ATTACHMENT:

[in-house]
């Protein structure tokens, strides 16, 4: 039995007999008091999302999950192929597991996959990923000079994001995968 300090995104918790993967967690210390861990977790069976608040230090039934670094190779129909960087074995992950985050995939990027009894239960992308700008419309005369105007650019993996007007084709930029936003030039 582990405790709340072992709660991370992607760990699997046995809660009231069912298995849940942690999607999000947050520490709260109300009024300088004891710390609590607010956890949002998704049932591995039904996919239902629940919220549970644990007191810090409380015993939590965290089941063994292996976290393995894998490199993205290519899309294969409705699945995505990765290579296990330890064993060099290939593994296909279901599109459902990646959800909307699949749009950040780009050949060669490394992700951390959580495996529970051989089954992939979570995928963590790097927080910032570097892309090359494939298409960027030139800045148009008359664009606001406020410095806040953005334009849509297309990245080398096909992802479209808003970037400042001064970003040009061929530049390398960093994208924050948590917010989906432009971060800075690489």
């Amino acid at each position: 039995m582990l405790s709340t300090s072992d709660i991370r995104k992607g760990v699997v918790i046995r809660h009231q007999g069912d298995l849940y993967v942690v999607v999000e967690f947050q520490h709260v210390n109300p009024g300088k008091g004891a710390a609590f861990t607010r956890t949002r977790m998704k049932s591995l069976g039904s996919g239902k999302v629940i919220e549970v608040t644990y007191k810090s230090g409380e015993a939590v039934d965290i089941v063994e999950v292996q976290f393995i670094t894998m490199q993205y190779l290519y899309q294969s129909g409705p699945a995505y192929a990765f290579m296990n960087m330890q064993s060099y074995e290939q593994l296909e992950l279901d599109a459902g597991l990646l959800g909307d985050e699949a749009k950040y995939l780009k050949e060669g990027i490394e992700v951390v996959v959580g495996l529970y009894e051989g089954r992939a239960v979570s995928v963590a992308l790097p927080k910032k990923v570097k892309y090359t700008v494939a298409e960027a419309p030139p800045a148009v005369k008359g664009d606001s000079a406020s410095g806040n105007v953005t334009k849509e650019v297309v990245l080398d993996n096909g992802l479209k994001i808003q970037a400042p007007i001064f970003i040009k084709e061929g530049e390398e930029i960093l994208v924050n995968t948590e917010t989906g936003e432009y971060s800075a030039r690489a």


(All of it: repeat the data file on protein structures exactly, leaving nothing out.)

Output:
[in-house]
């Protein structure tokens, strides 16, 4: 039995007999008091999302999950192929597991996959990923000079994001995968 300090995104918790993967967690210390861990977790069976608040230090039934670094190779129909960087074995992950985050995939990027009894239960992308700008419309005369105007650019993996007007084709930029936003030039 582990405790709340072992709660991370992607760990699997046995809660009231069912298995849940942690999607999000947050520490709260109300009024300088004891710390609590607010956890949002998704049932591995039904996919239902629940919220549970644990007191810090409380015993939590965290089941063994292996976290393995894998490199993205290519899309294969409705699945995505990765290579296990330890064993060099290939593994296909279901599109459902990646959800909307699949749009950040780009050949060669490394992700951390959580495996529970051989089954992939979570995928963590790097927080910032570097892309090359494939298409960027030139800045148009008359664009606001406020410095806040953005334009849509297309990245080398096909992802479209808003970037400042001064970003040009061929530049390398960093994208924050948590917010989906432009971060800075690489």
């Amino acid at each position: 039995m582990l405790s709340t300090s072992d709660i991370r995104k992607g760990v699997v918790i046995r809660h009231q007999g069912d298995l849940y993967v942690v999607v999000e967690f947050q520490h709260v210390n109300p009024g300088k008091g004891a710390a609590f861990t607010r956890t949002r977790m998704k049932s591995l069976g039904s996919g239902k999302v629940i919220e549970v608040t644990y007191k810090s230090g409380e015993a939590v039934d965290i089941v063994e999950v292996q976290f393995i670094t894998m490199q993205y190779l290519y899309q294969s129909g409705p699945a995505y192929a990765f290579m296990n960087m330890q064993s060099y074995e290939q593994l296909e992950l279901d599109a459902g597991l990646l959800g909307d985050e699949a749009k950040y995939l780009k050949e060669g990027i490394e992700v951390v996959v959580g495996l529970y009894e051989g089954r992939a239960v979570s995928v963590a992308l790097p927080k910032k990923v570097k892309y090359t700008v494939a298409e960027a419309p030139p800045a148009v005369k008359g664009d606001s000079a406020s410095g806040n105007v953005t334009k849509e650019v297309v990245l080398d993996n096909g992802l479209k994001i808003q970037a400042p007007i001064f970003i040009k084709e061929g530049e390398e930029i960093l994208v924050n995968t948590e917010t989906g936003e432009y971060s800075a030039r690489a």